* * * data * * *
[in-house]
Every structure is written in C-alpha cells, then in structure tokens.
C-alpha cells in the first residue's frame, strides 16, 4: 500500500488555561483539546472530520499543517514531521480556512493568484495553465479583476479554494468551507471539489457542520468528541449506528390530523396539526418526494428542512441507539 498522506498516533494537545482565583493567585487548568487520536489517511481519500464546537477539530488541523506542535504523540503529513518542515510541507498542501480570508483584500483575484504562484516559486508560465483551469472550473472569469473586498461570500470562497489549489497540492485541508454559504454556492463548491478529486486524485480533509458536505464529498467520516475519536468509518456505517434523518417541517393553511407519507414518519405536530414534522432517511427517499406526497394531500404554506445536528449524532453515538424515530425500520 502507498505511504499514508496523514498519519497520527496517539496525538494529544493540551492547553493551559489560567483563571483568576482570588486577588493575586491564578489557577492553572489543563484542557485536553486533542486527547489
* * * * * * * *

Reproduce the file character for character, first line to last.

[in-house]
Every structure is written in C-alpha cells, then in structure tokens.
C-alpha cells in the first residue's frame, strides 16, 4: 500500500488555561483539546472530520499543517514531521480556512493568484495553465479583476479554494468551507471539489457542520468528541449506528390530523396539526418526494428542512441507539 498522506498516533494537545482565583493567585487548568487520536489517511481519500464546537477539530488541523506542535504523540503529513518542515510541507498542501480570508483584500483575484504562484516559486508560465483551469472550473472569469473586498461570500470562497489549489497540492485541508454559504454556492463548491478529486486524485480533509458536505464529498467520516475519536468509518456505517434523518417541517393553511407519507414518519405536530414534522432517511427517499406526497394531500404554506445536528449524532453515538424515530425500520 502507498505511504499514508496523514498519519497520527496517539496525538494529544493540551492547553493551559489560567483563571483568576482570588486577588493575586491564578489557577492553572489543563484542557485536553486533542486527547489